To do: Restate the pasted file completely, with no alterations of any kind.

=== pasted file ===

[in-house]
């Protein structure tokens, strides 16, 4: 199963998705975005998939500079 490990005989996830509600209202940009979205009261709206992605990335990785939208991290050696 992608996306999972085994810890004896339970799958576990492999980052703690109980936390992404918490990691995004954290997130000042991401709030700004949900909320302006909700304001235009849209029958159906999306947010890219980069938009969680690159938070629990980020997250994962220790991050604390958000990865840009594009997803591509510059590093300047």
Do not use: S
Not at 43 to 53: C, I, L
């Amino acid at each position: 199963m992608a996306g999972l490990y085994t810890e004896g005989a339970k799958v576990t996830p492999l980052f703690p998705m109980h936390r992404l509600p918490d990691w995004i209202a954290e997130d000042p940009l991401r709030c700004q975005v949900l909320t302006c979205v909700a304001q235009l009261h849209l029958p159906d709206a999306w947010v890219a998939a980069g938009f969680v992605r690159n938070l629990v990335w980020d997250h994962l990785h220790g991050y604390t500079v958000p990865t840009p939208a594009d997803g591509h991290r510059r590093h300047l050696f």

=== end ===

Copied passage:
[in-house]
């Protein structure tokens, strides 16, 4: 199963998705975005998939500079 490990005989996830509600209202940009979205009261709206992605990335990785939208991290050696 992608996306999972085994810890004896339970799958576990492999980052703690109980936390992404918490990691995004954290997130000042991401709030700004949900909320302006909700304001235009849209029958159906999306947010890219980069938009969680690159938070629990980020997250994962220790991050604390958000990865840009594009997803591509510059590093300047």
Do not use: S
Not at 43 to 53: C, I, L
């Amino acid at each position: 199963m992608a996306g999972l490990y085994t810890e004896g005989a339970k799958v576990t996830p492999l980052f703690p998705m109980h936390r992404l509600p918490d990691w995004i209202a954290e997130d000042p940009l991401r709030c700004q975005v949900l909320t302006c979205v909700a304001q235009l009261h849209l029958p159906d709206a999306w947010v890219a998939a980069g938009f969680v992605r690159n938070l629990v990335w980020d997250h994962l990785h220790g991050y604390t500079v958000p990865t840009p939208a594009d997803g591509h991290r510059r590093h300047l050696f």